It seems my love for Drupal and its Form API is always expanding, yep, kinda creepy sounding but to a web geek such as myself, it's perfectly normal to love a CMS and its API's!
In building my custom form I required an entity field which is present on user creation. Instead of duplicating the field, grabbing the current value and then saving the new value with an user_save() it's best practice to let Drupal handle the heavy lifting, since we don't want to duplicate tried and tested functionality or have to update the custom field should anything change to the entity field.
The Drupal Subscriptions module notifies users on certain events. Usually when a new piece of content has been either saved or updated. Users can subscribe to specific nodes, terms or entire content types allowing them to keep up with the changes on the site. It's a great module.
This starts to break down however, when node references enter the picture. One of our recent Drupal 6 intranet projects required this feature and a custom solution had to be explored. The solution turned out to be pretty simple thanks to a extremely useful hook supplied in the Subscriptions module.
In this example,...
In a previous Drupal developer blog post, I discussed leveraging Ajax with Drupal's Form API. In this post we'll cover an alternative method in displaying dynamic content to your user - using Drupal's form states (conditional fields).
Using form states is really quite simple. It's just a Drupal Form API attribute and is used to display any kind of form content conditionally (conditional form fields). Commonly, a user may have some option, like a select list and different form fields may hide or show (using jQuery) based on the user's selection (often times referred to as dependent dropdowns...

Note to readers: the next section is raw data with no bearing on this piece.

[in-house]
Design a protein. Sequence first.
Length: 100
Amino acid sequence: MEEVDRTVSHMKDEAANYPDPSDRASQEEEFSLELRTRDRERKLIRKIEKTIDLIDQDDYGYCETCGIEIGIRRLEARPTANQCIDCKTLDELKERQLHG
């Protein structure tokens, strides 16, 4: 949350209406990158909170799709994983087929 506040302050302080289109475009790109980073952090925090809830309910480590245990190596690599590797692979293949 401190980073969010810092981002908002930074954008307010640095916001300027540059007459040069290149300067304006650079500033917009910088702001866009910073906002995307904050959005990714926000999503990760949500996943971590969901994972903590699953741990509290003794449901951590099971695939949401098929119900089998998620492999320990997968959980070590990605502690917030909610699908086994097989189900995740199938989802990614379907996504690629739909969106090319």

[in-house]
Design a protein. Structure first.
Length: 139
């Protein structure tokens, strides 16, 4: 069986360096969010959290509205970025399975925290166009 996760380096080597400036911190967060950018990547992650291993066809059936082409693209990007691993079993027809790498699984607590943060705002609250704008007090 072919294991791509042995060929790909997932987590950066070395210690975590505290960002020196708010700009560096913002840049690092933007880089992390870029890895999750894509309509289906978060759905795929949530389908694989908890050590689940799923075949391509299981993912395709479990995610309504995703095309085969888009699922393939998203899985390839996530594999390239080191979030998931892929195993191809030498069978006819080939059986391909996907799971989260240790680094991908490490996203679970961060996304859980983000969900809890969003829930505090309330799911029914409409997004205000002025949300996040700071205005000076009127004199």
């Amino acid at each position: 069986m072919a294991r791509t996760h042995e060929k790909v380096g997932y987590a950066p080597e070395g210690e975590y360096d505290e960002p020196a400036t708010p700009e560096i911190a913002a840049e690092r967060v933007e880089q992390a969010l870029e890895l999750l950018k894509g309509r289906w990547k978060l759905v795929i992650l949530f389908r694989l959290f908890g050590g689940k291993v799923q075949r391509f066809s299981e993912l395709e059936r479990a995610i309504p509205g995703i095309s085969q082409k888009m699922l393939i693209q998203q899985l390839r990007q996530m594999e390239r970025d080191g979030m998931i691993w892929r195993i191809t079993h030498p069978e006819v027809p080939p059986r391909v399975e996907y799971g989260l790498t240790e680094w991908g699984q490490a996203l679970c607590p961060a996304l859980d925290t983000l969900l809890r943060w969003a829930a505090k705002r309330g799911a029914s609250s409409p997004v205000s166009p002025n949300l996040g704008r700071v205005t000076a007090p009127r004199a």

Having a query builder like Views at your fingertips is fantastic on so many levels. I'm not going to get into my deep and semi-weird love affair with Views at this point in time, but I will show you how to programmatically display your Views display in code. This can be useful in a custom module, perhaps in a hook_node_view or maybe in one of your node or page templates.
In this example I'll add my View to my blog nodes. I'll just append my View to the bottom of the blog content. We'll want to use the views_embed_view() function to render our desired View display.
* Implementation of...
I love Drupal's Form API. In just about every project we are either modifying or creating custom forms and thankfully, Drupal's Form API makes executing these tasks a fairly easy process. Everybody loves Ajax so in this tutorial we'll combine these two bits of awesomeness to produce some custom 'ajaxified' forms.
Lets start out with a hook_menu so we have a nice page for our example form. You'll see the "page callback" is the function "drupal_get_form" and our "page argument" is our function that will simply return our associative array.
* Implements hook_menu().